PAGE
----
04/06/2022 by monitor
Since Sunday 4/3/22 the two osprey have been behaving as a "couple". They are on the nest together, fly off together, and are together when a fish is brought to the nest for a meal. Only one eats at a time. The female has been encouraging mating, but I have not seen it happen. Also, altlhough I obviously could have missed the mating attempts, she continues to try to encourage the male by standing in front of him and flapping her wings, standing in front of him and shaking her body, just standing in front of him and looking over her shoulder towards him. He stands there for a while, and then flies off for a while! I was gone most of the day, but I will say she was in the nest alone late this afternoon, and for the first time I saw her sitting calmly. There is not any nest building going on with the exception of a large bare branch the female brought to the nest on Sunday. She laid it along one edge of the nest, but by today (Wednesday) it has fallen under the nest between the crossbars on the post.

04/01/2022 by monitor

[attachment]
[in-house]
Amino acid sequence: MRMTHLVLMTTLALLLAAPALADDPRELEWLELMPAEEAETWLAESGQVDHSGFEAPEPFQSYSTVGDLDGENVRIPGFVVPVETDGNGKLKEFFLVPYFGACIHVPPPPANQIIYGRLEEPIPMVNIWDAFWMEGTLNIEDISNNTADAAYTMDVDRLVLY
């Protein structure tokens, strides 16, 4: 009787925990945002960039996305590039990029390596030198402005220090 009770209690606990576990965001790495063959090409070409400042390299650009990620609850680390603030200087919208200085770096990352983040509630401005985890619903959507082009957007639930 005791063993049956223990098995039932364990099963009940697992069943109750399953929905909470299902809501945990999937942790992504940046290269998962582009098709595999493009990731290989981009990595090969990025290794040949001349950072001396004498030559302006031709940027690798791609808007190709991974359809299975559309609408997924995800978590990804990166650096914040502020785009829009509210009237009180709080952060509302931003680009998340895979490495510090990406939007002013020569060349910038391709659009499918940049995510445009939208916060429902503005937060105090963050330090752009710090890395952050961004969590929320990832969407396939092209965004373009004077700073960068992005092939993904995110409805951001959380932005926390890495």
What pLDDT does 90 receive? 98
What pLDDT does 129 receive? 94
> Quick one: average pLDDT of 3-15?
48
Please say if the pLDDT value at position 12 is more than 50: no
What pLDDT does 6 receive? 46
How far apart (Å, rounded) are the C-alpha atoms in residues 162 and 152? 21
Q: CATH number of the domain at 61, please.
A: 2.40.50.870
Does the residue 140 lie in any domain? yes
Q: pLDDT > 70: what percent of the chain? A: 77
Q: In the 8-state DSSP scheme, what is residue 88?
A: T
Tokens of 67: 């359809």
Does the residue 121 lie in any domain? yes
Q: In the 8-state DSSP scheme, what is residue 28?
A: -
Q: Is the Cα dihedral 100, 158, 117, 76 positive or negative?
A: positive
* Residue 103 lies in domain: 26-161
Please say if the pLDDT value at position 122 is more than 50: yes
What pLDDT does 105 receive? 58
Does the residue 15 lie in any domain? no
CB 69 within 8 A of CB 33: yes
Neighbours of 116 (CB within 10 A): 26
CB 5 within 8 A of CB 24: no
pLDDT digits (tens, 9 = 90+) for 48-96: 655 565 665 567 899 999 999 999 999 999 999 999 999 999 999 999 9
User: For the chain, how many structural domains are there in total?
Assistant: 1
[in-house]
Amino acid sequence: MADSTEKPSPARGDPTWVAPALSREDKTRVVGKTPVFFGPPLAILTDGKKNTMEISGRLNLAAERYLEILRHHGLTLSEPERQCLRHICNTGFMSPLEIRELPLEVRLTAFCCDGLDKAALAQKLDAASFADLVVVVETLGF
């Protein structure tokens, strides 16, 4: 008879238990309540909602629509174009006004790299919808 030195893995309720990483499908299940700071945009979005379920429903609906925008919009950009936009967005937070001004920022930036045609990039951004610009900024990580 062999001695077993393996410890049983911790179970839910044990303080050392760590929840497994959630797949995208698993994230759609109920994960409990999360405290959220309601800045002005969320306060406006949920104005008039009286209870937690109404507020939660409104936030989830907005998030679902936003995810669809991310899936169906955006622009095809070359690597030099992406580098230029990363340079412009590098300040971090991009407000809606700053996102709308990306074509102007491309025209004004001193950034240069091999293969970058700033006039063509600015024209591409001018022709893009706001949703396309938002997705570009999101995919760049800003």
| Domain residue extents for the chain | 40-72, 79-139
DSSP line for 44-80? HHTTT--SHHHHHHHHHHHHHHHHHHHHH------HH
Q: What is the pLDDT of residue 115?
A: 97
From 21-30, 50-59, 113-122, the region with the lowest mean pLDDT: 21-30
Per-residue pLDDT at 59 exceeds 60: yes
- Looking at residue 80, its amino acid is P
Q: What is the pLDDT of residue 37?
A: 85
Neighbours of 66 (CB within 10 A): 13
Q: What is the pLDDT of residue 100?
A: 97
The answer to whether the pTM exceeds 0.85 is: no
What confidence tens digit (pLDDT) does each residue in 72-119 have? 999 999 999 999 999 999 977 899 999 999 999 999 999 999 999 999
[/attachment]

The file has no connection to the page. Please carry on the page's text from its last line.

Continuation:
This is my first year of reporting on this nest, but I have been observing it unofficially since 2011. It has been occupied by osprey who each year until 2018 have successfully raised. 2-3 chicks. Since 2018 once the osprey have mated and either are sitting on the eggs or have hatched nestlings, the nest has been attacked by two osprey who either destroy the eggs or kill the chicks. The male occupant of the nest always puts up a valiant defense, while the female tries to protect the chicks or the eggs. This year the post used as a roost by the two intruding osprey is being removed in the hope that the pattern will be disrupted. The osprey who occupy the nest are not the same pair each year, but the aggressors appear to be the same. Yesterday, March31, at 8:15 AM a male osprey flew to the roost near the nest and proceeded to eat the fish he had been carrying. He then flew to another post across the marsh, and stayed there for about an hour. Then he flew across the marsh and out of sight. He has not yet returned.